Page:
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Discussion Starter #1
Are cruise controls legal in Aust
? (Don't want to use as a cruise control; just give me a chance to rest/stretch my R-hand now & then.)
 

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There are mechanical throttle mounted cruise systems such as Alpha Rider.

Personally I'm weary of using cruise control or similar mechanical throttle control systems -- if my hand hurts it's better to take a break or drive shorter distances. There are always risks with such systems if something unexpected happens and on motorcycles milliseconds count.
 

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Although I do not know Australian law. I am sure something like this would be decided by each state separately. But what I would do, other than check stat government web sites, is just to see if bikes with cruise controls are sold that way in Australia. If the manufacturers do not remove them then they must be legal for the bike to be approved for sale.

I have one of the cheap throttle locks that tightly grips the grip and rests on the brake lever. I would not rely on it as a cruise control, but it is good for the two purposes I need: if I need to readjust my right mirror and to rest my hand briefly.

As I have arthritis I also have a simple palm rest, the sort that costs a couple of pounds on eBay etc., which does help. So maybe that is also something to consider. But sometimes I need to straighten my fingers and remove pressure, so momentarily let my hand sit flat on the grip and lever without having to apply any pressure to the palm rest.

Because I am covering the brake while doing that, I should be as quick, if not quicker, to respond in an emergency than if I were just holding the grip. I would also consider it more dangerous to ride on to somewhere safe to stop while in pain, than straightening my fingers for a couple seconds to alleviate it immediately. Circumstance permitting, of course.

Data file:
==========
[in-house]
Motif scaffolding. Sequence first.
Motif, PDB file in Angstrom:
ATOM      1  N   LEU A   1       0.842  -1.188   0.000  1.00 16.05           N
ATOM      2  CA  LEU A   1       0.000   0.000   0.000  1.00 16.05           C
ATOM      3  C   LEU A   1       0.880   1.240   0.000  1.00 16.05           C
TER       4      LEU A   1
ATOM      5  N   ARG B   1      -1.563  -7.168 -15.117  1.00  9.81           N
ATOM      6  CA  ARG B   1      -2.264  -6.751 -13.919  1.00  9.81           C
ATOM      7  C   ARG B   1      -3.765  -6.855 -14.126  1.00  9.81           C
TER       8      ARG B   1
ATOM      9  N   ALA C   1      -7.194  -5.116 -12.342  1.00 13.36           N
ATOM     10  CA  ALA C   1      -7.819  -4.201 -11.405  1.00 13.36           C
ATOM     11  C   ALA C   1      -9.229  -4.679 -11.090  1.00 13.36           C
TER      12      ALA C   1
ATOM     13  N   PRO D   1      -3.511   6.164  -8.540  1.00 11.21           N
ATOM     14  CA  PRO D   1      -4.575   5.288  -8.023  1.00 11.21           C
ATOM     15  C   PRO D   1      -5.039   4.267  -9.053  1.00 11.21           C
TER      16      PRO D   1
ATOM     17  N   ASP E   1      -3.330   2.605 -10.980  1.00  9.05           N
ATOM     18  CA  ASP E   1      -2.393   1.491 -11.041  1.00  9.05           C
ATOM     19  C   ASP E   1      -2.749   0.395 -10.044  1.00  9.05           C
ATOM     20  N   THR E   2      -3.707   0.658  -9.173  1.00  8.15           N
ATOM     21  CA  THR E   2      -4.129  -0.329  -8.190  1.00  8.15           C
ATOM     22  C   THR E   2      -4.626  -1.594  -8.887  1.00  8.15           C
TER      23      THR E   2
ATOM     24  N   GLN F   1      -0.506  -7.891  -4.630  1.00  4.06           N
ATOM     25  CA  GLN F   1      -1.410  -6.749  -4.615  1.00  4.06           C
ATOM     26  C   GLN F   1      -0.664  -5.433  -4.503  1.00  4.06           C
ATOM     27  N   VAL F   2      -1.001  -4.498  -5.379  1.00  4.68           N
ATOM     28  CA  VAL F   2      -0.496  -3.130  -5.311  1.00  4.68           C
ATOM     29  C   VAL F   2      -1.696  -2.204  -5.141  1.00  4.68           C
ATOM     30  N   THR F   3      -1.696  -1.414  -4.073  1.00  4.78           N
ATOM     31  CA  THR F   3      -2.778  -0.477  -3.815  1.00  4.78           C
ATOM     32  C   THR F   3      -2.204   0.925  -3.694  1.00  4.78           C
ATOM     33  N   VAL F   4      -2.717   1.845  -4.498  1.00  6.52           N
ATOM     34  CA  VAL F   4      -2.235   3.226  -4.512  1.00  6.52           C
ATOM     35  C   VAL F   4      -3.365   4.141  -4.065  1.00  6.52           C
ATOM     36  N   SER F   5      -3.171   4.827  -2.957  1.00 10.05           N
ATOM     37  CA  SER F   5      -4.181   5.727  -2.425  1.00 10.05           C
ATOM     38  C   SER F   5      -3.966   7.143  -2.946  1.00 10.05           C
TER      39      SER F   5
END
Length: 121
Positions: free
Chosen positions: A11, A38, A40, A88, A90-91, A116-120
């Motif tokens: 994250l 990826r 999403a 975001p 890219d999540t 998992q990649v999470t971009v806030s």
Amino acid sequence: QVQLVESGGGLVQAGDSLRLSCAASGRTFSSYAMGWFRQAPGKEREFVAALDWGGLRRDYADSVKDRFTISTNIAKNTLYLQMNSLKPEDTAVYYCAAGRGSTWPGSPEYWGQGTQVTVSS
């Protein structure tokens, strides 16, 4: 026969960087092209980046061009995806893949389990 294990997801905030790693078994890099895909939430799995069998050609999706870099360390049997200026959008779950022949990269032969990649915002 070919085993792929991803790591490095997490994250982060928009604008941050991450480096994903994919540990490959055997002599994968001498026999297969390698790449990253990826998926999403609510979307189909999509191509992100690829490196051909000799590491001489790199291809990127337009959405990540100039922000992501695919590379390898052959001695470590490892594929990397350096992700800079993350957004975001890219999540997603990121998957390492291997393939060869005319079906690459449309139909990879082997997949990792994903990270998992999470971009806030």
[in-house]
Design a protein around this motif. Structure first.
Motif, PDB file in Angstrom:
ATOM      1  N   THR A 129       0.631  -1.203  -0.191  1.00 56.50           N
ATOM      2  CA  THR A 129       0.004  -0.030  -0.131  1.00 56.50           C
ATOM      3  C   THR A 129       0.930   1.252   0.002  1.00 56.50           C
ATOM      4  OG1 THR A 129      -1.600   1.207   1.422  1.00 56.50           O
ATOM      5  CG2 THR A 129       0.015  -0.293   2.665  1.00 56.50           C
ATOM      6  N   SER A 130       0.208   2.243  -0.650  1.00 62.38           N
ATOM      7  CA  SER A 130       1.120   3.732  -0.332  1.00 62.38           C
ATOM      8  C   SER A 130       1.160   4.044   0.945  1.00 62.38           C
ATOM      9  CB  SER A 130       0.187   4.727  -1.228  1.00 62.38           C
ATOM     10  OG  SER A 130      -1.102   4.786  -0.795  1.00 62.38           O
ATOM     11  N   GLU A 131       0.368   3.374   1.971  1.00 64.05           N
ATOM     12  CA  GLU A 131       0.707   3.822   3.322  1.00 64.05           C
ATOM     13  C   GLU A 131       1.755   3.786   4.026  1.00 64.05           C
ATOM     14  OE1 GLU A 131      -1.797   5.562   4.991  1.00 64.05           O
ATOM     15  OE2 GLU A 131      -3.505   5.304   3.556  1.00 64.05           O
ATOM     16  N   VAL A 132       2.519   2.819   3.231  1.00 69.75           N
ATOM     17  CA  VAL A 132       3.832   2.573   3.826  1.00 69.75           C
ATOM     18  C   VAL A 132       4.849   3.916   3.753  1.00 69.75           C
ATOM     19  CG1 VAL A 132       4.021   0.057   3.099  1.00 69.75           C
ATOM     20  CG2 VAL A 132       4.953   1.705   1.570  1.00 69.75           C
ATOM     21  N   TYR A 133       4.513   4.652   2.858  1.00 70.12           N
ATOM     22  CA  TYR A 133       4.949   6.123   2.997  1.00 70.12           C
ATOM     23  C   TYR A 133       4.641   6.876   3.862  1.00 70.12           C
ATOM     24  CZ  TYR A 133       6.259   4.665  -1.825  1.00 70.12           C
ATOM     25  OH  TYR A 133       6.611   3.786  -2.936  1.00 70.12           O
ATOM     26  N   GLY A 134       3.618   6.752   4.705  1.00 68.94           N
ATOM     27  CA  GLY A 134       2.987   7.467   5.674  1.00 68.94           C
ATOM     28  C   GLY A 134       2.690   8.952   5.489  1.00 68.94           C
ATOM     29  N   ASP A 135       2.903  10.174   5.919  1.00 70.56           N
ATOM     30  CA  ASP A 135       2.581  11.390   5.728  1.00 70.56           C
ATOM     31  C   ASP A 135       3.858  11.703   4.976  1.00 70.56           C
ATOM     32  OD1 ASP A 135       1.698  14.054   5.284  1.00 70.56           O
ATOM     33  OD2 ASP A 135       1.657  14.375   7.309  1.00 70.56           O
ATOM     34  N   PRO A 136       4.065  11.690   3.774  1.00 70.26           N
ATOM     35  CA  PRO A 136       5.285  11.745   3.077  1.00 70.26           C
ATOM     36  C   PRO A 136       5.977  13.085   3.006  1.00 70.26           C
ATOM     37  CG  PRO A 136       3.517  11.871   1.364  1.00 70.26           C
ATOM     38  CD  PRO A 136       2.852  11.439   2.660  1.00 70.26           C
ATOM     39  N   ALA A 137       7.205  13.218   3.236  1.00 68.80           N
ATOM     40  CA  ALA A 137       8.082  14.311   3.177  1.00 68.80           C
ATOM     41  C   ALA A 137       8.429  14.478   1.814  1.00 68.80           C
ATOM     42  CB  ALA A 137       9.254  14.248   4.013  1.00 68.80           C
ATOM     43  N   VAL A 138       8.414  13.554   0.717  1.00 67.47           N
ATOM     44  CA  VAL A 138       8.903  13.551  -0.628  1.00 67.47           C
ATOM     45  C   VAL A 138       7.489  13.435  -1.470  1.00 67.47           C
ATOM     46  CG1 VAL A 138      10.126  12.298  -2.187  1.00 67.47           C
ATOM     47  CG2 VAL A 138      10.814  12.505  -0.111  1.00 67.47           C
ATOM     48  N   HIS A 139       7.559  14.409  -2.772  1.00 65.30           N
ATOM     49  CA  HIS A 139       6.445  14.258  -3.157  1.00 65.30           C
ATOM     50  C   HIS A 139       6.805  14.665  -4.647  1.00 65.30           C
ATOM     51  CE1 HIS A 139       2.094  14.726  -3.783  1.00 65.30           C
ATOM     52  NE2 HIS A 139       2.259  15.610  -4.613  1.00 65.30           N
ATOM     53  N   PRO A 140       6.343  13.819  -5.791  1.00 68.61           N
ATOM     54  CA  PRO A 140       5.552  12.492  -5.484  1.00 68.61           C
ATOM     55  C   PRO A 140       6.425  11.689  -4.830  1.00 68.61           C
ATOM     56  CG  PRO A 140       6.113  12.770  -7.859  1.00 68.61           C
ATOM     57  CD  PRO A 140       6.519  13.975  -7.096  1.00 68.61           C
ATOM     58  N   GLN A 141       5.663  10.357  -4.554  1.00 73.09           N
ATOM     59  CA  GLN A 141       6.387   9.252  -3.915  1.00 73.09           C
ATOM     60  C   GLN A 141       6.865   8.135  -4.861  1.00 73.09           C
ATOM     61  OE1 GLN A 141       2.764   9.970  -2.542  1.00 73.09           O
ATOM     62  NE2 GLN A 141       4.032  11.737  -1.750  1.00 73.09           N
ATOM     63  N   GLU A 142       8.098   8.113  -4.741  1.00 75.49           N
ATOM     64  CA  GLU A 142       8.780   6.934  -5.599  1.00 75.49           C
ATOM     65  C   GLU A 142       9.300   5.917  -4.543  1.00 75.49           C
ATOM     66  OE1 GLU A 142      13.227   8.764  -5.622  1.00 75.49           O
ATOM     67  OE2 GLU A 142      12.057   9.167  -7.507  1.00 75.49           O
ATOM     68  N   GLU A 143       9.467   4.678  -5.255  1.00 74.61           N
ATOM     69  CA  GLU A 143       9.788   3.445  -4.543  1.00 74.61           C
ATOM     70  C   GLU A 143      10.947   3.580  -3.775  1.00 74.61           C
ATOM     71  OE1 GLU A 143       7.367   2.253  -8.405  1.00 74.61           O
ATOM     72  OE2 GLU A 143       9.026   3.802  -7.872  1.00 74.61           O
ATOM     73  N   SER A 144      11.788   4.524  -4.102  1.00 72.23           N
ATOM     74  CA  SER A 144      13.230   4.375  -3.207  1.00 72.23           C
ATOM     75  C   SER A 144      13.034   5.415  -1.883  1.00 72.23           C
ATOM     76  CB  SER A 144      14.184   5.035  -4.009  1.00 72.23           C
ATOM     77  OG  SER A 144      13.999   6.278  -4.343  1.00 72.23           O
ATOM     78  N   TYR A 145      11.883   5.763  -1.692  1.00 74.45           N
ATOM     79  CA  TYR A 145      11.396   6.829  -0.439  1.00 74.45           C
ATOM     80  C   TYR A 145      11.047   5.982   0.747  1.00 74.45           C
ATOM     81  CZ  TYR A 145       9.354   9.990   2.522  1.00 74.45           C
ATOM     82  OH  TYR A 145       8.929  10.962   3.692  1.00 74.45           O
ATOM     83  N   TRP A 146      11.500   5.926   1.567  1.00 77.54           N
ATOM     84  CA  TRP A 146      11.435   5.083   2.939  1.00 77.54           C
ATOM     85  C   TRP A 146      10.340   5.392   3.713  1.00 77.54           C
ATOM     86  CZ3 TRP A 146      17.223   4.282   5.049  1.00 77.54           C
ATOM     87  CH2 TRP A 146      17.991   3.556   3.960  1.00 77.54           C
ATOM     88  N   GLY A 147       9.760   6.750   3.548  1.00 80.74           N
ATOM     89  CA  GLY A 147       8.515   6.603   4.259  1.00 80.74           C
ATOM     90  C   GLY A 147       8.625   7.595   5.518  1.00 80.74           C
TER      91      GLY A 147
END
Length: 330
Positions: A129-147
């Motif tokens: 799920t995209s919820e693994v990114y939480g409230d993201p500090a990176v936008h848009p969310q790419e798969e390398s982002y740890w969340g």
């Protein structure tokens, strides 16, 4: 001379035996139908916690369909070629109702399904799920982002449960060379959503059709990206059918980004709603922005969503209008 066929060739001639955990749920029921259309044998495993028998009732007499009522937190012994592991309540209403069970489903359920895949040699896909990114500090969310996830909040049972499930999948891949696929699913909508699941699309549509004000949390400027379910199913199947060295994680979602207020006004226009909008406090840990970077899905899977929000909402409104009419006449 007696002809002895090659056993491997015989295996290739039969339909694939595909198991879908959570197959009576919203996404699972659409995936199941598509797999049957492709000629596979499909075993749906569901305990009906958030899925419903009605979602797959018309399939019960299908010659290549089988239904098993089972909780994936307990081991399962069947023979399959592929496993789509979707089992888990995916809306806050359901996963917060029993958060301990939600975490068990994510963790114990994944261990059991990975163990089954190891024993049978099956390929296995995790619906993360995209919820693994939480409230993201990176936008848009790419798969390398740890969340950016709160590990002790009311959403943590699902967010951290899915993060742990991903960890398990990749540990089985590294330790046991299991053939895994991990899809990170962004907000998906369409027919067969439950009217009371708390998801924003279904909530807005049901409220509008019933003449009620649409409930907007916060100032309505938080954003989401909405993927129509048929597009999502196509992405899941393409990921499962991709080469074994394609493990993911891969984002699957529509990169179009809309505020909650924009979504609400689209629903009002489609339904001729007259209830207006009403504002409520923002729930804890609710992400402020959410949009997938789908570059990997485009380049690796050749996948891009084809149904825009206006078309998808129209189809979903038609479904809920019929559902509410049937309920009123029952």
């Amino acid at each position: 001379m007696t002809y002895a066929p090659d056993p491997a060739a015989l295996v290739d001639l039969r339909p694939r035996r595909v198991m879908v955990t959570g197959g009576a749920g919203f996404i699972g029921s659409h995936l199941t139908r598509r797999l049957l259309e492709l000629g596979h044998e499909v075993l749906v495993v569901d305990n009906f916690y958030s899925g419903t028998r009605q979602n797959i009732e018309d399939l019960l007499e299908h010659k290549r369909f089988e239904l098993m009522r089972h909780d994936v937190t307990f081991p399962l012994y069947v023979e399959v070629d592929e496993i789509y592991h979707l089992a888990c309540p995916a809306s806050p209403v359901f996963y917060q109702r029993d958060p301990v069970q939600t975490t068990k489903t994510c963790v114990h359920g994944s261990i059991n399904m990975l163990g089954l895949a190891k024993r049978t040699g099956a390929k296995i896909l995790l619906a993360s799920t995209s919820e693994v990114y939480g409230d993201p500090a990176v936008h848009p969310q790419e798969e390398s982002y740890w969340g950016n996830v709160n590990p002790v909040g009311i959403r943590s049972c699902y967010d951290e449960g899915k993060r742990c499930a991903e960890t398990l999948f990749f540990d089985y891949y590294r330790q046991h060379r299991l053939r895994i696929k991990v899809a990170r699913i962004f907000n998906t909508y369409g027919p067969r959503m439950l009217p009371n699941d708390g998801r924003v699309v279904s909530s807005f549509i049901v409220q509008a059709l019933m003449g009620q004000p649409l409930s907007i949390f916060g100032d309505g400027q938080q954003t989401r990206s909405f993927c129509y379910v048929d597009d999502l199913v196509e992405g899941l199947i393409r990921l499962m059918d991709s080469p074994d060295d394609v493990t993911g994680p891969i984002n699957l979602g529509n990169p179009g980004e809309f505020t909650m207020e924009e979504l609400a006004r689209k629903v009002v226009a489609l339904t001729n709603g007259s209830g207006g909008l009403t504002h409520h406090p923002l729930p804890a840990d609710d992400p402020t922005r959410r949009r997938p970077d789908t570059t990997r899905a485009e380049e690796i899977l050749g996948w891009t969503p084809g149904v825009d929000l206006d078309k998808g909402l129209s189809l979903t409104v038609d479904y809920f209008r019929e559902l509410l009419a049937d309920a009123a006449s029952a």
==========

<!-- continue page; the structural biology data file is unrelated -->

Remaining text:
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My favorite was on my old BMWs. They had a little screw device that put a bit of tension on the throttle and was adjustable so that one could have the throttle still go back to idle if needed or it could be tensioned so that it would pretty much hold the position that you put it at. In thousands of miles, I never had a safety issue.
 
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My favorite was on my old BMWs. They had a little screw device that put a bit of tension on the throttle and was adjustable so that one could have the throttle still go back to idle if needed or it could be tensioned so that it would pretty much hold the position that you put it at. In thousands of miles, I never had a safety issue.
I think they used those on the old Wall of Death.
 

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I use a "Crampbuster", which is a hard, tough plastic paddle that snaps over the outer end of the twist-trip. The heel of the rider's right hand exerts pressure on the paddle and it works wonders for arthritic wrists or hands, or as a simple device to hold the throttle in position without hand strain. I have used these for over 10 years and after a while you can get very prices adjustments to your throttle position when encountering hills, curves, or just long stretches of straight roads when your hands need to relax a bit. Caution is advised when first using a Crampbuster as an inadvertent bump on the device can send the bike off like a rocket. Cost is about $10USD shipped.

Ralph
 

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That, incidentally, is the device I was referring to as a palm rest. Often it is enough for me, but occasionally I do still need to take pressure off the hand completely. Given the cost I would definitely recommend trying one first if you think it would help. If I had to choose between that and a throttle lock it would be the winner without any doubt.
 

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My favorite was on my old BMWs. They had a little screw device that put a bit of tension on the throttle and was adjustable so that one could have the throttle still go back to idle if needed or it could be tensioned so that it would pretty much hold the position that you put it at. In thousands of miles, I never had a safety issue.

All bikes had this in years gone by, so whats happen.

Plasma1
 

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Since the 60s I have had Yamahas, Nortons, Triumphs, an AJS, several Hondas, and a couple of Beemers (one airhead and one K75s). Only the Beemers had this feature, and like Buckeye, I never had a safety issue with this method, since it never had to be locked down to ease the wrist and would decelerate easily if intended.
 

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I owned and rode an '83 BMW ,R80RT.. that thumb screw worked like a charm for the 34 years I rode it. (y)
 
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